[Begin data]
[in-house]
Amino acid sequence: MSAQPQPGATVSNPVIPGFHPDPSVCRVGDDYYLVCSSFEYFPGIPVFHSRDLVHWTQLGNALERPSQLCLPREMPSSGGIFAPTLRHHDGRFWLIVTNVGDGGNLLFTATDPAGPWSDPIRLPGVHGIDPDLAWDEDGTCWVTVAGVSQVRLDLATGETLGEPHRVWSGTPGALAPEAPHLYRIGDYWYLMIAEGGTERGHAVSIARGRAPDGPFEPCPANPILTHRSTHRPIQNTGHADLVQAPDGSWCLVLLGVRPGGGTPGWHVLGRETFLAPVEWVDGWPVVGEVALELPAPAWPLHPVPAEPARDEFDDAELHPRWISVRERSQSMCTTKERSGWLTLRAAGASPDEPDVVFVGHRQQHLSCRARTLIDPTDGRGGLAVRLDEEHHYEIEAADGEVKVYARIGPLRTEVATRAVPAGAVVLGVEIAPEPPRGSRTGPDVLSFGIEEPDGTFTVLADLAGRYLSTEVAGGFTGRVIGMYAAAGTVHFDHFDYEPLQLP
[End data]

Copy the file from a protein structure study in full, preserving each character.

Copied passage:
[in-house]
Amino acid sequence: MSAQPQPGATVSNPVIPGFHPDPSVCRVGDDYYLVCSSFEYFPGIPVFHSRDLVHWTQLGNALERPSQLCLPREMPSSGGIFAPTLRHHDGRFWLIVTNVGDGGNLLFTATDPAGPWSDPIRLPGVHGIDPDLAWDEDGTCWVTVAGVSQVRLDLATGETLGEPHRVWSGTPGALAPEAPHLYRIGDYWYLMIAEGGTERGHAVSIARGRAPDGPFEPCPANPILTHRSTHRPIQNTGHADLVQAPDGSWCLVLLGVRPGGGTPGWHVLGRETFLAPVEWVDGWPVVGEVALELPAPAWPLHPVPAEPARDEFDDAELHPRWISVRERSQSMCTTKERSGWLTLRAAGASPDEPDVVFVGHRQQHLSCRARTLIDPTDGRGGLAVRLDEEHHYEIEAADGEVKVYARIGPLRTEVATRAVPAGAVVLGVEIAPEPPRGSRTGPDVLSFGIEEPDGTFTVLADLAGRYLSTEVAGGFTGRVIGMYAAAGTVHFDHFDYEPLQLP